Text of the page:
The broken chain of command

A former U.S. soldier who served in Iraq marks the disgraceful one-year anniversary of Abu Ghraib.


Mark Follman
April 30, 2005 3:35AM (UTC)

It's been a year since evidence of torture by U.S. soldiers at Abu Ghraib shocked the world and made the name of the prison a permanent stain on America's reputation. Perry Jefferies, a former Army sergeant who served in Iraq and now works with Operation Truth, a nonpartisan advocacy group for veterans, weighs in on how far we haven't come since then. Including the fact that, to date, only a few foot soldiers have been held accountable.

"It has been a year now since the first photos of the abuses at Abu Ghraib were published. For some, this might be seen as a low point in the war in Iraq, but to me, it was an arbitrary point in a travesty that predated the publication of the photos and seems to have continued since. In the passing year, weve found the abuse was systematic, widespread and -- if not authorized -- then at least encouraged by official policies and statements from high-level military and civilian officials. We also find that the leaders who helped set up and continue the torture were rewarded, promoted or absolved, while some of the troops involved are headed for long jail sentences.

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"As a soldier, now retired, who was on the ground and was often charged with handling detainees around the same time that these photos were taken, I still find myself amazed, disgusted and frustrated with the manner with which this was dealt. I love the Army, and as a member of several veterans' groups, I frequently find myself in conversations with civilians about our men and women in uniform and the conduct of the war in Iraq. ...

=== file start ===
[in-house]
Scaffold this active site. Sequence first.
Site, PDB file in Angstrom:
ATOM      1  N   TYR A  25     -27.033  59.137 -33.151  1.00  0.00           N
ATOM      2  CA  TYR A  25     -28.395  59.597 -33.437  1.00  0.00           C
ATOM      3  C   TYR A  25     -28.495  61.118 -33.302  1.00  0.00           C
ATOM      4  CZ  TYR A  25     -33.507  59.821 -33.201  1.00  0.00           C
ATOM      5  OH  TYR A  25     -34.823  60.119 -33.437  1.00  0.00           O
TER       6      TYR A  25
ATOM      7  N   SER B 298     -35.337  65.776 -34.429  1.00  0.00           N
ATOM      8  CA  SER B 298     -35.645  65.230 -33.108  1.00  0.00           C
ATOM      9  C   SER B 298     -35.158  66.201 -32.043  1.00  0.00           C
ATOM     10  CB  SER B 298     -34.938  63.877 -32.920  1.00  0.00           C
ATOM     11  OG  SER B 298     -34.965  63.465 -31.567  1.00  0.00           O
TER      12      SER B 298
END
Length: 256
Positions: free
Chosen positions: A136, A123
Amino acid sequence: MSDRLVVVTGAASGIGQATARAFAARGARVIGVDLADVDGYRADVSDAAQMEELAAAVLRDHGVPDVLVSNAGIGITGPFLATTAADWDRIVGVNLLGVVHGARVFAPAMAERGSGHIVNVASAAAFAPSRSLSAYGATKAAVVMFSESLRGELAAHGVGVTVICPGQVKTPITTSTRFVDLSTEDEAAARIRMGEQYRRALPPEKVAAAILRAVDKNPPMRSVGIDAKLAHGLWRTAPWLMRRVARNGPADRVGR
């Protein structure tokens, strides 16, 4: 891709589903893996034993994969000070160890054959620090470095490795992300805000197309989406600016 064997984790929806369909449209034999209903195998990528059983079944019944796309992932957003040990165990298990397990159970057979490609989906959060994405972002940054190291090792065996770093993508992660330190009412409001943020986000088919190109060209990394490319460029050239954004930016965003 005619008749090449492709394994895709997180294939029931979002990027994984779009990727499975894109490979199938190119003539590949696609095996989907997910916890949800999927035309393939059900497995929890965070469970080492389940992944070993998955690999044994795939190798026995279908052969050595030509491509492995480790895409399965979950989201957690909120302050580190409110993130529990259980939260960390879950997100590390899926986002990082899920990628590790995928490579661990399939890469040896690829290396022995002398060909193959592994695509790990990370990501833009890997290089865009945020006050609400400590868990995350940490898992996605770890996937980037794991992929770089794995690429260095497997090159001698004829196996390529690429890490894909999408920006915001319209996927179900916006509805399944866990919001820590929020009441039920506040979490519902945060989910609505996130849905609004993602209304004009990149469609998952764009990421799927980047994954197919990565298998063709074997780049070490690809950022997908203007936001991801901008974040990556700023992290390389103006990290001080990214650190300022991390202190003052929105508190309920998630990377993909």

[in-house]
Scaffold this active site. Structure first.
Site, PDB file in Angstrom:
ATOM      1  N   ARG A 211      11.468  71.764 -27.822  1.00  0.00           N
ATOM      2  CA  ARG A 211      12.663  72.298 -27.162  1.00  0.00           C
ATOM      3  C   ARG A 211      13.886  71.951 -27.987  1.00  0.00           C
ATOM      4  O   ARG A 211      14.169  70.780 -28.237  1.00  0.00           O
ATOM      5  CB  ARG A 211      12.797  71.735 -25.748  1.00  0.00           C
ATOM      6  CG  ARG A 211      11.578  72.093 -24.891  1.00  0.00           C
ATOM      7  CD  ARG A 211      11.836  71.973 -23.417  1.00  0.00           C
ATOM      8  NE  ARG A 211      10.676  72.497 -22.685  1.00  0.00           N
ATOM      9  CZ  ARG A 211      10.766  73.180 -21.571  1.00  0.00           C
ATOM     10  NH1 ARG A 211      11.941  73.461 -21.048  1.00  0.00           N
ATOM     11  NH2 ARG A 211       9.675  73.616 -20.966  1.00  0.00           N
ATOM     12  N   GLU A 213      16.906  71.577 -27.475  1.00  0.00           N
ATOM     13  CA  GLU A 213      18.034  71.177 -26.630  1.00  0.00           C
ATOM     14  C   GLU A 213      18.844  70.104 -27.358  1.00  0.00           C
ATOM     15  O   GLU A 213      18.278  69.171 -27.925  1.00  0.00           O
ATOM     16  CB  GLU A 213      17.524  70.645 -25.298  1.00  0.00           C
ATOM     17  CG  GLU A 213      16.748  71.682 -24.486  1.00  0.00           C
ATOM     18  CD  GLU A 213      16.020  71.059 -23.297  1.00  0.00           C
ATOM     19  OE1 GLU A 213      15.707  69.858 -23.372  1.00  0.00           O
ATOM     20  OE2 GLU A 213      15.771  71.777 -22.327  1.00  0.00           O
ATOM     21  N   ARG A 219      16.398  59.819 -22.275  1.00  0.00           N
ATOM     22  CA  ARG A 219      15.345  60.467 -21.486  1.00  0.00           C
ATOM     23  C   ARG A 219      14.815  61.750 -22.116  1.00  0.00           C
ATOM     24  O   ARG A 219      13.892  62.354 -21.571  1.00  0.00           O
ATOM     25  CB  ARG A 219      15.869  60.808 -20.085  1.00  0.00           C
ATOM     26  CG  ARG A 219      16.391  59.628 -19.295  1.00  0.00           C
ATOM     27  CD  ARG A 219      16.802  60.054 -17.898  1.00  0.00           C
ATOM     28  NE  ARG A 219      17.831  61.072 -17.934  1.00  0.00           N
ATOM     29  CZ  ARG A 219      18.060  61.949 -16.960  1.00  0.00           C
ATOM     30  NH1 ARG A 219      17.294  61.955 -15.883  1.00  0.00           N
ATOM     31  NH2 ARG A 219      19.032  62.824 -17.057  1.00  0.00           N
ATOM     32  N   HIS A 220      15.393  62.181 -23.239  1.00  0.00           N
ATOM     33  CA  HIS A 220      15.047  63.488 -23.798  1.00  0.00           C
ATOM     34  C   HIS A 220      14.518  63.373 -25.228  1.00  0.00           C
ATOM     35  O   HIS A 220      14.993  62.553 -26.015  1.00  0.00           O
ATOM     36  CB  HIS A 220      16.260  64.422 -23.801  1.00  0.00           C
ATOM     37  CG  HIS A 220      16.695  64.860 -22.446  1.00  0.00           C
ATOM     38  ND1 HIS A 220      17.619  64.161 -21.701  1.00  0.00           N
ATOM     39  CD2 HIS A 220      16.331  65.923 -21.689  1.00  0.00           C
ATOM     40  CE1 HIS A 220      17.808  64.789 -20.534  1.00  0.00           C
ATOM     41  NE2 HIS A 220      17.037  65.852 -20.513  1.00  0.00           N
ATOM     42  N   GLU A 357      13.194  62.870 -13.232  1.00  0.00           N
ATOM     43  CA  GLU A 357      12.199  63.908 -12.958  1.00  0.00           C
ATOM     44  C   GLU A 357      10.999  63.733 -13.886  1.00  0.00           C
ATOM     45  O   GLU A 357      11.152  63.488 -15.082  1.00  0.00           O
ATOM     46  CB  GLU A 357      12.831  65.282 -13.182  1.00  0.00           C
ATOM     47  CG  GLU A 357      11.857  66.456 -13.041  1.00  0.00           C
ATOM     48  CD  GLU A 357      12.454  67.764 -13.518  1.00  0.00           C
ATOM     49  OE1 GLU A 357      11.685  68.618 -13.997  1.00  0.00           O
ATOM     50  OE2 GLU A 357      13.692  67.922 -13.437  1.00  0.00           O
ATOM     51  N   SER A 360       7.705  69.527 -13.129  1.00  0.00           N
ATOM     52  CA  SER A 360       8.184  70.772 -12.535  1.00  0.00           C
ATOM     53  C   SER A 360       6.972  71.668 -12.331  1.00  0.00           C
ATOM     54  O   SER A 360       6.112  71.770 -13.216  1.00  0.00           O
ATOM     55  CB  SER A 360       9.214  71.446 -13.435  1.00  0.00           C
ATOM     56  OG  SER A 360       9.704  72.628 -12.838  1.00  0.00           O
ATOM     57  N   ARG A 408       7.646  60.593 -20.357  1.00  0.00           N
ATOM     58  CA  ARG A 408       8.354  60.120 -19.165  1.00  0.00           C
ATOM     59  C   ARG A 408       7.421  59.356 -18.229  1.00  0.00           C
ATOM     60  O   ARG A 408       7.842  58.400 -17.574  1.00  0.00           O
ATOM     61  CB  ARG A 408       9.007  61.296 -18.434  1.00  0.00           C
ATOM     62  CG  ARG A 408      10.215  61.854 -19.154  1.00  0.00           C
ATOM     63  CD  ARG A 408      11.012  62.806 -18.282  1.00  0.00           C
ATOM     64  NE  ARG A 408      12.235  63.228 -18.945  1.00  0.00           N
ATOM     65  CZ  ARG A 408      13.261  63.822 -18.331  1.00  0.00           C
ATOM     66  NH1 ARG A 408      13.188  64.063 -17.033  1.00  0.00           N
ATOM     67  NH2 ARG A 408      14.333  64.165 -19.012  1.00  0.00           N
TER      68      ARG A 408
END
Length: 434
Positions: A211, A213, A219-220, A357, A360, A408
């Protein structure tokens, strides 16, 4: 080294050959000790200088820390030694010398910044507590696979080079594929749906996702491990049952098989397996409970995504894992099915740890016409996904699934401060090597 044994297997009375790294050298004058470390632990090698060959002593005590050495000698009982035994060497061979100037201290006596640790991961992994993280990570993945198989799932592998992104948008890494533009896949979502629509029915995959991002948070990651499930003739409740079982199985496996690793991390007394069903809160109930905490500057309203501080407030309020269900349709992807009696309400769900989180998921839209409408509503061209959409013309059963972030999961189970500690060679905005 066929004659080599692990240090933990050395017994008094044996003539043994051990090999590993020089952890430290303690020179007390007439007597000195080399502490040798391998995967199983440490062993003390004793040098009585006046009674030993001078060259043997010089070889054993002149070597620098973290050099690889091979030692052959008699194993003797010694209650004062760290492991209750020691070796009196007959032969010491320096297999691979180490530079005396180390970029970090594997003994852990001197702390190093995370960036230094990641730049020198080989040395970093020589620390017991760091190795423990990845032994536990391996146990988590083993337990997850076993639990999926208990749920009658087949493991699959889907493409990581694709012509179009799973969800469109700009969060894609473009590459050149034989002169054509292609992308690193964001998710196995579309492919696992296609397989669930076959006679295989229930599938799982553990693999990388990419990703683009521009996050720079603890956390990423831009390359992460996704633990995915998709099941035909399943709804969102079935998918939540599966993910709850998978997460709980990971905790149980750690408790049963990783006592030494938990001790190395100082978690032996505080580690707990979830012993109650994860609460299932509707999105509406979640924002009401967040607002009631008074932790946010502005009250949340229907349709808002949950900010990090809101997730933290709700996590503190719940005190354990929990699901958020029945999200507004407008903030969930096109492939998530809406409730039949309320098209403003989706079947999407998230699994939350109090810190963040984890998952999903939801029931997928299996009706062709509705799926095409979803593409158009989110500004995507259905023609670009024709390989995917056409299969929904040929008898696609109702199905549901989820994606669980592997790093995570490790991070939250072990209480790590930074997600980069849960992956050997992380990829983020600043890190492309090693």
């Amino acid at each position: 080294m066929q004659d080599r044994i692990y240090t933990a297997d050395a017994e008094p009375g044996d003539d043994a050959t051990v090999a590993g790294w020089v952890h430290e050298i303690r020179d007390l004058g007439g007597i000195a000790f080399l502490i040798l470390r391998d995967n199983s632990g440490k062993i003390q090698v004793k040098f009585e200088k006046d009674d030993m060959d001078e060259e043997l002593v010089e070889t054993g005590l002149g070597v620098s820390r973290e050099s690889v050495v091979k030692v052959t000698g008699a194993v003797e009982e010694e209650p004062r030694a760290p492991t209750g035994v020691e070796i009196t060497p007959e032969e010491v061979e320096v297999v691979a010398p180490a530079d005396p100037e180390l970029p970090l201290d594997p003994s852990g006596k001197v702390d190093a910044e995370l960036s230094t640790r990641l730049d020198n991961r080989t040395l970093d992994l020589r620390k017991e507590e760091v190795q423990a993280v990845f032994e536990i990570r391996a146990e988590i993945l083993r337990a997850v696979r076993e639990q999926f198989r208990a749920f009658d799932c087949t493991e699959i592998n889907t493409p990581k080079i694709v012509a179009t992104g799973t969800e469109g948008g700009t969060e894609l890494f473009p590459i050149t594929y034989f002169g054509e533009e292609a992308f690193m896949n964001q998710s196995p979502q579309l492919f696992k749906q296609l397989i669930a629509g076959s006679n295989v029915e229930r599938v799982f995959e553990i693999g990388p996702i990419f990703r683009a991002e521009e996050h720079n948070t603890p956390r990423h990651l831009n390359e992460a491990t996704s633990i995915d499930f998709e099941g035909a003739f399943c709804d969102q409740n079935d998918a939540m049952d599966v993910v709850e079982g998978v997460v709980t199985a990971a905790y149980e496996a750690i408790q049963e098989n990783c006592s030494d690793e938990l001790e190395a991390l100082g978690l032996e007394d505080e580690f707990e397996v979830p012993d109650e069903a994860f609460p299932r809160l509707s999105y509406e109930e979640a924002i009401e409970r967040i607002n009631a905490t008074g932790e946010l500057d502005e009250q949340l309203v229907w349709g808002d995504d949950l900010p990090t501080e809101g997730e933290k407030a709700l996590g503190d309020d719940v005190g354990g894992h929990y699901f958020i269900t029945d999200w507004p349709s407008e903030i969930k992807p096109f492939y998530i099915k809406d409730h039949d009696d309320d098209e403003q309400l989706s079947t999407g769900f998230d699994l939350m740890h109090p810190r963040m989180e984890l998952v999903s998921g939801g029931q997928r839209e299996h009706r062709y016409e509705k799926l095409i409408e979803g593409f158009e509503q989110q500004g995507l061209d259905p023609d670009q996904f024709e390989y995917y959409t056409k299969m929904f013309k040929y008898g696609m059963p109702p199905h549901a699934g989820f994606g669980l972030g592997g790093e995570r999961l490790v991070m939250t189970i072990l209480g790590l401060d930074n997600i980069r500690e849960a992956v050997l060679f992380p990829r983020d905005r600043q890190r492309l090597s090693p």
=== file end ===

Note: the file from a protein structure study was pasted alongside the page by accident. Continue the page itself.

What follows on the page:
"What leads to the greatest frustration for me is the total abdication of responsibility and lack of accountability from the senior leaders and chain of command. I am accustomed to the public misunderstanding the circumstances and actions of soldiers, and their tendency to turn away when faced with difficult situations. Not so with the leaders of the military. This leaves a dirty smear on the honorable service of so many thousands of soldiers, Marines and others. It puts our men and women of the armed forces squarely in the sights of those who plan to exact revenge or exercise similar care, should they become the captors. The photos from Abu Ghraib insure that the depredations there will not be forgotten, but our government's actions since seem designed to insure it will be neither prevented nor avoided in the future."


Mark Follman

Mark Follman is Salon's deputy news editor. Read his other articles here.

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